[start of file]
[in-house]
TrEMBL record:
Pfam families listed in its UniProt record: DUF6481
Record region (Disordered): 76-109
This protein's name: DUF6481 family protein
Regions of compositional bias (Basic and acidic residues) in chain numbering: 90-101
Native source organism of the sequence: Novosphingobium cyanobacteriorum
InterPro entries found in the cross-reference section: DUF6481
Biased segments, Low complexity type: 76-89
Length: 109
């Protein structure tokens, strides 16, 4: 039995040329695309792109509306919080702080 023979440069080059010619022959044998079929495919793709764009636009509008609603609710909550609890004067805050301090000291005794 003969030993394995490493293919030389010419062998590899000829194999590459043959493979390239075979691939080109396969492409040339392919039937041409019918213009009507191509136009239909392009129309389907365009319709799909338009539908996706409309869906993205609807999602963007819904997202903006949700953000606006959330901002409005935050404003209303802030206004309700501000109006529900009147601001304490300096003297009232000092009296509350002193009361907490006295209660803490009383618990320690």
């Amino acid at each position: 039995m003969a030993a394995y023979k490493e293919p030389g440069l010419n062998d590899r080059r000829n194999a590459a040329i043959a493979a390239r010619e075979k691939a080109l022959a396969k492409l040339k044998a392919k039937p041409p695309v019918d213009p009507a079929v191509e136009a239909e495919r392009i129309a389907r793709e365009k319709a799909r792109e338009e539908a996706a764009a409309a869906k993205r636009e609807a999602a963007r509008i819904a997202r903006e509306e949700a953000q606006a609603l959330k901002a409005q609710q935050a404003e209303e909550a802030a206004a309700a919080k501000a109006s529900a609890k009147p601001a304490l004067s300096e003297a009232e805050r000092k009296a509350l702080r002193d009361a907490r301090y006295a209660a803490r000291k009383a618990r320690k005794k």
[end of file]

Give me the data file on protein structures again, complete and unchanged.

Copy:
[in-house]
TrEMBL record:
Pfam families listed in its UniProt record: DUF6481
Record region (Disordered): 76-109
This protein's name: DUF6481 family protein
Regions of compositional bias (Basic and acidic residues) in chain numbering: 90-101
Native source organism of the sequence: Novosphingobium cyanobacteriorum
InterPro entries found in the cross-reference section: DUF6481
Biased segments, Low complexity type: 76-89
Length: 109
């Protein structure tokens, strides 16, 4: 039995040329695309792109509306919080702080 023979440069080059010619022959044998079929495919793709764009636009509008609603609710909550609890004067805050301090000291005794 003969030993394995490493293919030389010419062998590899000829194999590459043959493979390239075979691939080109396969492409040339392919039937041409019918213009009507191509136009239909392009129309389907365009319709799909338009539908996706409309869906993205609807999602963007819904997202903006949700953000606006959330901002409005935050404003209303802030206004309700501000109006529900009147601001304490300096003297009232000092009296509350002193009361907490006295209660803490009383618990320690």
């Amino acid at each position: 039995m003969a030993a394995y023979k490493e293919p030389g440069l010419n062998d590899r080059r000829n194999a590459a040329i043959a493979a390239r010619e075979k691939a080109l022959a396969k492409l040339k044998a392919k039937p041409p695309v019918d213009p009507a079929v191509e136009a239909e495919r392009i129309a389907r793709e365009k319709a799909r792109e338009e539908a996706a764009a409309a869906k993205r636009e609807a999602a963007r509008i819904a997202r903006e509306e949700a953000q606006a609603l959330k901002a409005q609710q935050a404003e209303e909550a802030a206004a309700a919080k501000a109006s529900a609890k009147p601001a304490l004067s300096e003297a009232e805050r000092k009296a509350l702080r002193d009361a907490r301090y006295a209660a803490r000291k009383a618990r320690k005794k």